A student may earn internship credit (through PSY 391, Internship Experience) for securing and completing successfully a psychology-related workplace experience. Here is a link to a document that explains the how to get approval for such an experience and expectations for such experiences.
Note that to earn credit for an internship in Psychology, the experience must be related to Psychology in some way. As explained in the document, a student must work with a psychology faculty member to ensure that the experience is suitable for psychology credit.
Faculty members willing to discuss potential internship experiences, and their general areas of expertise, are listed below:
- Liz Goncy: Assistant Professor and licensed Clinical Psychologist interested in the healthy well-being of adolescents and young adults. She studies ways to promote adolescent development and prevent adolescent and young adult problems with dating abuse, substance abuse, and psychopathology.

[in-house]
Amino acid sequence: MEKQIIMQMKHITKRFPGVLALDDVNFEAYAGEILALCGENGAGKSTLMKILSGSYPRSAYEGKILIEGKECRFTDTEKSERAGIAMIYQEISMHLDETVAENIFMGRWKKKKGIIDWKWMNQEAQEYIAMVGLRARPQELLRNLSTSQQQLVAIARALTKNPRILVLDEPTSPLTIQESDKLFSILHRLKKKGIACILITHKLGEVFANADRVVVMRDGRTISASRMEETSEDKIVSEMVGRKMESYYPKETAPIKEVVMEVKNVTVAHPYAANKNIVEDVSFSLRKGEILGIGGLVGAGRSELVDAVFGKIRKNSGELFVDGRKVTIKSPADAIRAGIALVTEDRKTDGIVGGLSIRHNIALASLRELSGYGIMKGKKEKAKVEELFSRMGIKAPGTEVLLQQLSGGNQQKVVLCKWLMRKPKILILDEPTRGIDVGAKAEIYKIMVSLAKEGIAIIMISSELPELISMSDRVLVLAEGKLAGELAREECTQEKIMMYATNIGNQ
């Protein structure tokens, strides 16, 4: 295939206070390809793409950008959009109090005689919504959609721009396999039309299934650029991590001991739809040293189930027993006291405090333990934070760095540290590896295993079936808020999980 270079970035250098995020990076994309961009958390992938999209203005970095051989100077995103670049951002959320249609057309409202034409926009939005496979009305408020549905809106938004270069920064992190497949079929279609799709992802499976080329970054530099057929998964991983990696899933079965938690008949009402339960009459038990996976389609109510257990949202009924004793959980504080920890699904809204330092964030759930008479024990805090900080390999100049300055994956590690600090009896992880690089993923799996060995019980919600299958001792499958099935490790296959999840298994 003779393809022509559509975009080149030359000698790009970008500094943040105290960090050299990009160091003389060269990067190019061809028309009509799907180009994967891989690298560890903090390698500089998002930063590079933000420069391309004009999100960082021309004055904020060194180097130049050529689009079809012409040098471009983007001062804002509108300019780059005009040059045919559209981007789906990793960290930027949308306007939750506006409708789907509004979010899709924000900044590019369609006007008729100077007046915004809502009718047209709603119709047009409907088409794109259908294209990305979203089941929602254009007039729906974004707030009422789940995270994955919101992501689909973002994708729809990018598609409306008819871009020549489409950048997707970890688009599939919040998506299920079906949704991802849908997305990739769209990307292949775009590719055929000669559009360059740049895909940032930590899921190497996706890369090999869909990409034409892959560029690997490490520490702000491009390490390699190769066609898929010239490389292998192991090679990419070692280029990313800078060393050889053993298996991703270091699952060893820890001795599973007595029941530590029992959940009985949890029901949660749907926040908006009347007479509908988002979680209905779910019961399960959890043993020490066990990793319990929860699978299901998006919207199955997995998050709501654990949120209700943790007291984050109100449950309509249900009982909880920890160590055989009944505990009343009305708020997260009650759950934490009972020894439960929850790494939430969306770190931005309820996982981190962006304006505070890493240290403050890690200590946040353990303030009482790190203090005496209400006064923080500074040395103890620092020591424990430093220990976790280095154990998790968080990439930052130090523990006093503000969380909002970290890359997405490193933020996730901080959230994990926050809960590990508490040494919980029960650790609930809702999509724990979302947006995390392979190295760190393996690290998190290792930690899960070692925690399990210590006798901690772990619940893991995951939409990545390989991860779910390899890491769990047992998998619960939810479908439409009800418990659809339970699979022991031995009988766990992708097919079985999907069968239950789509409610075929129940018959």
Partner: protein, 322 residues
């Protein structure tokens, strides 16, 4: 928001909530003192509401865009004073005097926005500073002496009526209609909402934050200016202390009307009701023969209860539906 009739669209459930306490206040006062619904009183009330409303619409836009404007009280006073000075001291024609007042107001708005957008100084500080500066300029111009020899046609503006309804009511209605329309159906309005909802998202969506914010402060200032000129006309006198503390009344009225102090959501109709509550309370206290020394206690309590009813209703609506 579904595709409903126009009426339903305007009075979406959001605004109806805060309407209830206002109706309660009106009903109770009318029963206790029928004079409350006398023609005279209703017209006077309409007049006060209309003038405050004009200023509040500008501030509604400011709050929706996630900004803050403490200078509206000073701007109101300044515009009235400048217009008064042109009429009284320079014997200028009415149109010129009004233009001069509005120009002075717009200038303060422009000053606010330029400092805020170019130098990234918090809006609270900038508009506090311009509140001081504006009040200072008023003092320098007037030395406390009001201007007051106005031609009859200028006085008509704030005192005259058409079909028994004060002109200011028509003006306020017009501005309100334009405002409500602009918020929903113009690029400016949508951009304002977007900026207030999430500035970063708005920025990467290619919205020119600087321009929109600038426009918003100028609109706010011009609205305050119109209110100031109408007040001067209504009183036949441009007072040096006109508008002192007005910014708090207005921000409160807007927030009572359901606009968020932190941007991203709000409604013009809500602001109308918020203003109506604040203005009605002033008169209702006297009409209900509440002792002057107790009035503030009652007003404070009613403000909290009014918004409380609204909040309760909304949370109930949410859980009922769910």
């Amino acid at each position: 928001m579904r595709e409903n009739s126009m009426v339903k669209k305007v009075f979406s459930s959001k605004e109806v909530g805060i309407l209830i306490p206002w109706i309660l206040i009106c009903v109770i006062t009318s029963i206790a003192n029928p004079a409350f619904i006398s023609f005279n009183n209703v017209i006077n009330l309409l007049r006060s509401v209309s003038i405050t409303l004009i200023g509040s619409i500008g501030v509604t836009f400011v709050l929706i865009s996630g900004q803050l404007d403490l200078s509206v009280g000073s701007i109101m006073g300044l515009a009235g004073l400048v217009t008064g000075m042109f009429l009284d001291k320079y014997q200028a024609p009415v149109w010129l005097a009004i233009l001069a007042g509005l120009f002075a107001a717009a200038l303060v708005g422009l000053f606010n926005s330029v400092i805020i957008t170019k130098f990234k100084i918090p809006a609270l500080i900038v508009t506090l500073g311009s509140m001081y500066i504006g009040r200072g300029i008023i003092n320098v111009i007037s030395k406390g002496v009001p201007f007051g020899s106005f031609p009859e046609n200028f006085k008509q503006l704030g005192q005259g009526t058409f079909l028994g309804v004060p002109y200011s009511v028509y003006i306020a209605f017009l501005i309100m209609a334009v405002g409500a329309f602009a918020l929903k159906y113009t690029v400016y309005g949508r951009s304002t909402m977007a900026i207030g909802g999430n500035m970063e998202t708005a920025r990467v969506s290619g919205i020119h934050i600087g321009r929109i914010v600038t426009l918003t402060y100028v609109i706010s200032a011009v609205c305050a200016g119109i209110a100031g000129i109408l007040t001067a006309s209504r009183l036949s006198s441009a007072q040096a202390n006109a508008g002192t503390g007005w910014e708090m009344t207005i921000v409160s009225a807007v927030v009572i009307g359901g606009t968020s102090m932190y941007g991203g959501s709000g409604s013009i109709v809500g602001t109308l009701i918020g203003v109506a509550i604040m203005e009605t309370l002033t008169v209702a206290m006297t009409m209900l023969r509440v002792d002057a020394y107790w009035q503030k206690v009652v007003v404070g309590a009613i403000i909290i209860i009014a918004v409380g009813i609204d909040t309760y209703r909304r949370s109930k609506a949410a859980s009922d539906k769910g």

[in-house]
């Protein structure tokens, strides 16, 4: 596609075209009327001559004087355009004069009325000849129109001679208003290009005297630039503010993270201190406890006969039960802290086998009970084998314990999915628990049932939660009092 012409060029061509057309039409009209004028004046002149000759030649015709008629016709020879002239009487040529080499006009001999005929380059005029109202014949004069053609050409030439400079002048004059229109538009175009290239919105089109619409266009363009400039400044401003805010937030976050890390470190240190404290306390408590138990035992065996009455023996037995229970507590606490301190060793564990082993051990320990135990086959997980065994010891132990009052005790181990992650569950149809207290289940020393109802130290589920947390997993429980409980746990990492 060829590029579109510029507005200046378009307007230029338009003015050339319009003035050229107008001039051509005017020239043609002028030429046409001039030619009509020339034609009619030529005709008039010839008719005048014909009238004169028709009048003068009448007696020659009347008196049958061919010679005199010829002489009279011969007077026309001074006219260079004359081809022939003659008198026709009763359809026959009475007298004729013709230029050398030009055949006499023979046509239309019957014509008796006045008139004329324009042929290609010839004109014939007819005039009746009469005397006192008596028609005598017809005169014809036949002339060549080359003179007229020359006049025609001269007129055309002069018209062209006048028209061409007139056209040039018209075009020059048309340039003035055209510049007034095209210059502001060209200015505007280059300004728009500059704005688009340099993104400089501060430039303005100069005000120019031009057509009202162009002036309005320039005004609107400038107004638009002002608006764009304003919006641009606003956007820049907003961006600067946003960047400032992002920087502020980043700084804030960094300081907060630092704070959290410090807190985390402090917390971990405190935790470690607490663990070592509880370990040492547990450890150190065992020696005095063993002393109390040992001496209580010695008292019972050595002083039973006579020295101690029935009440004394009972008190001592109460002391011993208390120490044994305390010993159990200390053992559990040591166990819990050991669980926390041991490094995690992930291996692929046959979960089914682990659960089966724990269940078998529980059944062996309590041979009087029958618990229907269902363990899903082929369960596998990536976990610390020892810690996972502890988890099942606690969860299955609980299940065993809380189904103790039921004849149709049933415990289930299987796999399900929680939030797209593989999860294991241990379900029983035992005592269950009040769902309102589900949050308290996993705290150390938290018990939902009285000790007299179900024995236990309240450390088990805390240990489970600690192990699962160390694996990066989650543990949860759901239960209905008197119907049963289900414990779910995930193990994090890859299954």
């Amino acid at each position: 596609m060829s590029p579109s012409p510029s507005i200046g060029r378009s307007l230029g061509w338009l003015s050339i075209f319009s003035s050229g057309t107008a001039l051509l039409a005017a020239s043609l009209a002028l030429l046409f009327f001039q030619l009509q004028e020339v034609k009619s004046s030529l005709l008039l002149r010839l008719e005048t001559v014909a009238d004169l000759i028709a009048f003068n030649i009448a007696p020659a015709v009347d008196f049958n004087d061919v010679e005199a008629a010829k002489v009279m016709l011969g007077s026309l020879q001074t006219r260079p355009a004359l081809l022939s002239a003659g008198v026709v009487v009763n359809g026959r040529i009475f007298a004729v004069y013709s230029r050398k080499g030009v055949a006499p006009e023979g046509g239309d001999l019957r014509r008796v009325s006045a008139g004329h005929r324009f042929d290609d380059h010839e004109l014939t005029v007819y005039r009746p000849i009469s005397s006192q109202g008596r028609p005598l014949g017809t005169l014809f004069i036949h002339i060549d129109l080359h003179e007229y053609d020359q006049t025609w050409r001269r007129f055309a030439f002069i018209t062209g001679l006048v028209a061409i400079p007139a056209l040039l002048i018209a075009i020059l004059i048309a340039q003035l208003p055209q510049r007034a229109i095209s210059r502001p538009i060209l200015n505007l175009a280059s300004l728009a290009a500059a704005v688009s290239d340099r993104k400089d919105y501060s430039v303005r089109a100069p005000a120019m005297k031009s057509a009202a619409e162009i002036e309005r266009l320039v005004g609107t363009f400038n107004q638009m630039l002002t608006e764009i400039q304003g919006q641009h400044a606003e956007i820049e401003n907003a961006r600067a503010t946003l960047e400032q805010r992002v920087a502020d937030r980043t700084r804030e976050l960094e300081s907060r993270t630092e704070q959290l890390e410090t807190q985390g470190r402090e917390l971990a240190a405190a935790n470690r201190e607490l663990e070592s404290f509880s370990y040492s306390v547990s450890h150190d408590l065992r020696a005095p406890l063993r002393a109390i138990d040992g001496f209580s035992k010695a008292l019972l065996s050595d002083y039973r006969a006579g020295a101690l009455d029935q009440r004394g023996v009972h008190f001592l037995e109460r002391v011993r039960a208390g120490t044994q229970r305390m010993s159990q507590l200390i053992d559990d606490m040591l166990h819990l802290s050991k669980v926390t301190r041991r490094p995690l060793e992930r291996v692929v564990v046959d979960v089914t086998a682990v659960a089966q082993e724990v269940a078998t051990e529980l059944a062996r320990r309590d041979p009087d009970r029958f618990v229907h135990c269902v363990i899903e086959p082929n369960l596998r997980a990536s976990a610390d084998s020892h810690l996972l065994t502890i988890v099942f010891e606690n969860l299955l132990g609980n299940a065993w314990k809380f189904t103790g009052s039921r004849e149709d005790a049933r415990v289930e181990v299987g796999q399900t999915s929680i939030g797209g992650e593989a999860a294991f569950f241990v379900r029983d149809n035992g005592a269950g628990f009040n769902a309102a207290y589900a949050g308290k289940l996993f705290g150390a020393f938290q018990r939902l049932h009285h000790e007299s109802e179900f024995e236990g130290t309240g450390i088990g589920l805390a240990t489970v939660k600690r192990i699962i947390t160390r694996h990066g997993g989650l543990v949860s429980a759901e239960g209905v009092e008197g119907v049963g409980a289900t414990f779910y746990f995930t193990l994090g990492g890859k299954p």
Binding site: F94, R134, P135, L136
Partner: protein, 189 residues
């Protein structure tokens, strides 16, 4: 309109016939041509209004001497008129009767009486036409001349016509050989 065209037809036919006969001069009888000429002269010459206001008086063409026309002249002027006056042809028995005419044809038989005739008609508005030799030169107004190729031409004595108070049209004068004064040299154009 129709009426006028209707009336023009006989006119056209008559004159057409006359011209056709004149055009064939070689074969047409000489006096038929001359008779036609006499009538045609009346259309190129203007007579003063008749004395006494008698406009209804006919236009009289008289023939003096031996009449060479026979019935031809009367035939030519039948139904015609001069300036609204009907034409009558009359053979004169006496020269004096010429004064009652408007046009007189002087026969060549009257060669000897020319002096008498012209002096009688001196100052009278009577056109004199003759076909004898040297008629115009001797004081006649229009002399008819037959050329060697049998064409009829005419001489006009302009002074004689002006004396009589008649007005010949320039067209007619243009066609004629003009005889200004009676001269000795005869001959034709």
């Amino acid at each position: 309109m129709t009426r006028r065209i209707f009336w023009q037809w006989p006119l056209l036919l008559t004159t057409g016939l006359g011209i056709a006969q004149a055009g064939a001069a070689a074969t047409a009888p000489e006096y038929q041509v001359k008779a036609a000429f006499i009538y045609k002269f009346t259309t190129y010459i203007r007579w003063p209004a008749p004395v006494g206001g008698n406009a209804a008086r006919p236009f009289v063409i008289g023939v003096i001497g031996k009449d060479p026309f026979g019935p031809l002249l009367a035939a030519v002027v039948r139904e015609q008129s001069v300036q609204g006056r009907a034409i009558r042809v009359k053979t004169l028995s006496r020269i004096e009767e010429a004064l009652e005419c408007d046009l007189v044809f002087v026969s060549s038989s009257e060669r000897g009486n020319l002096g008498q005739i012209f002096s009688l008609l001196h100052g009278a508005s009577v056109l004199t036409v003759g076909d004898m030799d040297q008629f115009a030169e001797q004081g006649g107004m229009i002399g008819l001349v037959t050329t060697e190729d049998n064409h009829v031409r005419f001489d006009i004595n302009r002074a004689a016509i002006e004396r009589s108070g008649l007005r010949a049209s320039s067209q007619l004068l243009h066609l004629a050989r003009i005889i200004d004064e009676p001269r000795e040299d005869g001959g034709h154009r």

- Michael Horvath: Associate Professor, Associate Chair, and specialist in Industrial-Organizational Psychology. His interests center on work-nonwork balance, religiosity in the workplace, and job-seeking behaviors and cognition
- Conor McLennan: Professor, Chair, and Cognitive Psychologist interested in how younger, older, and bilingual adults perceive speech and how cognitive psychology research can be applied in real-world settings.
- Colleen McMahon: Associate Professor and licensed Psychologist with expertise in School Psychology interested in school-based assessment and treatment of student learning and behavior problems and parent management of child behavior problems.
- Shereen Naser: Assistant Professor and licensed School Psychologist interested in how schools respond and support students with behavioral issues. She is particularly interested in how schools support students who are culturally and linguistically diverse.
- Fred Smith: Professor and Experimental Psychologist who is interested in health survey methods. He collaborates with nutritionists and dietary science experts on how to improve methods to collect accurate data regarding children's dietary intake.